Phnom Penh (Cambodia), 21 July 2022 — On a narrow street in Phnom Penh, Cambodia at dusk, a woman is diligently tidying her food cart, from which she has been selling noodle dishes all day long. The camera lingers over her arms as she cleans, highlighting red burn marks.
Her son, crouched at her feet, alerts her: “Mom, Dad is drinking again. He might cause trouble.”
The woman glances over at her husband, who is sitting cross-legged with his friends further down the alleyway. She notices a local police officer approaching the group and heaves a resigned sigh. “Even the cop is there…how can I rely on the authorities if something bad happens?”
Finished with her chores, she trudges the path home, passing by a sign imploring those who need help to dial the number 1288, but dismisses it. “That could be a drug dealer’s secret code, who knows?” she thinks to herself.
1288 is, in fact, the number for Cambodia’s new Anti-Human Trafficking and Juvenile Protection Office Hotline and the sign was posted by the police officer. The woman’s son, who had also seen the sign, called the number later that night after discovering his mother unconscious; she had been beaten by her husband.
The hotline is part of Cambodia’s National Action Plan for the Prevention of Violence against Women 2019-2023, and this short film is part of its new public information campaign, developed and implemented by the United Nations Office on Drugs and Crime (UNODC)’s Regional Office for Southeast Asia and the Pacific, and generously supported by the German Federal Foreign Office.
Domestic or intimate partner violence – which includes physical, sexual, or emotional abuse – is the most common type of violence against women in Cambodia. One in five women in Cambodia between the ages of 15 and 49 have experienced physical violence. And according to the Cambodia Centre for Human Rights, incidents of violence increased during the COVID-19 pandemic.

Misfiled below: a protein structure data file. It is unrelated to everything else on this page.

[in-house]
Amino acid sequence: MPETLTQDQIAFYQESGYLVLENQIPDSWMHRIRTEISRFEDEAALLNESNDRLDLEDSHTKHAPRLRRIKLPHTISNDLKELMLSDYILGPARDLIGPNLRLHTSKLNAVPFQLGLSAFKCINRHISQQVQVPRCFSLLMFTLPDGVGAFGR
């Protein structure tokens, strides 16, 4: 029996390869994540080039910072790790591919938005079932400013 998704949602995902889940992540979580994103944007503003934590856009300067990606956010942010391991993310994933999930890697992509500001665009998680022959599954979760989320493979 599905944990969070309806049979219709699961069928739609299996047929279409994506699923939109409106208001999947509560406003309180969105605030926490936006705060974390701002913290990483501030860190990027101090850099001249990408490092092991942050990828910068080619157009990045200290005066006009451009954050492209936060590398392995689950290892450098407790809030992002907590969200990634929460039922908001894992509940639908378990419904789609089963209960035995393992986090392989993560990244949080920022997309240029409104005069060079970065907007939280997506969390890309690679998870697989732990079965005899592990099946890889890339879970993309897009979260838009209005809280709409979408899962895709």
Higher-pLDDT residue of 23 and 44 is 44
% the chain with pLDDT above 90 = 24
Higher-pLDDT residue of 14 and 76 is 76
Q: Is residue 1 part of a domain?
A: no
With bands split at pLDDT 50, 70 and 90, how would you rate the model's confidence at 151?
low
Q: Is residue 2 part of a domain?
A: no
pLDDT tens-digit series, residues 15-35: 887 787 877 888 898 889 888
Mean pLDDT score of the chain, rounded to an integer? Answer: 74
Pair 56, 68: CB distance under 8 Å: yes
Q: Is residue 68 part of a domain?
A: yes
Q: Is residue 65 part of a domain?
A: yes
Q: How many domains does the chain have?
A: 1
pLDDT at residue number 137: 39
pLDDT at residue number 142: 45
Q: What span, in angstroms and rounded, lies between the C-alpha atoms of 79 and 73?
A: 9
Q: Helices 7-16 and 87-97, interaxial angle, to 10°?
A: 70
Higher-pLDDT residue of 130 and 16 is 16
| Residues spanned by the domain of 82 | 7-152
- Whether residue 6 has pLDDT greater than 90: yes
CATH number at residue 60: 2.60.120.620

The situation in Cambodia echoes the gravity of the problem worldwide. According to UN Women, an estimated 736 million women have been subjected at least once in their life to physical and/or sexual intimate partner violence, non-partner sexual violence, or both. Over 58 per cent of the 81,000 women and girls killed in 2020 died at the hands of an intimate partner or family member.
The public information campaign aims to educate Cambodia’s population about the consequences of gender-based violence and the services available to victims. Through a set of public service announcements, vulnerable populations – particularly women – are cautioned that “tolerating violence is not the way to protect people you love” and that “a bouquet of flowers shouldn’t be able to buy your silence.”
Through these messages, as well as a set of posters, animations, quizzes, and social media posts, they are implored to not “suffer in silence alone”, reminded that “help is always available to you” and directed to law enforcement and safety resources.
After the success of the campaign in Cambodia’s capital Phnom Penh, UNODC is considering expanding it across the country, by training first-responder police officers on gender-responsive police services or procuring equipment for the hotline center at the Cambodia National Police. Furthermore, UNODC will support the police force in leveraging its data to create valuable and action-oriented strategies.
Comprehensive and multi-sectoral solutions are required to end all forms of gender-based violence against women and girls by 2030, in line with Sustainable Development Goal 5.2. Crime prevention and criminal justice responses are a key part of this approach. Learn more about UNODC’s work on gender-based violence here.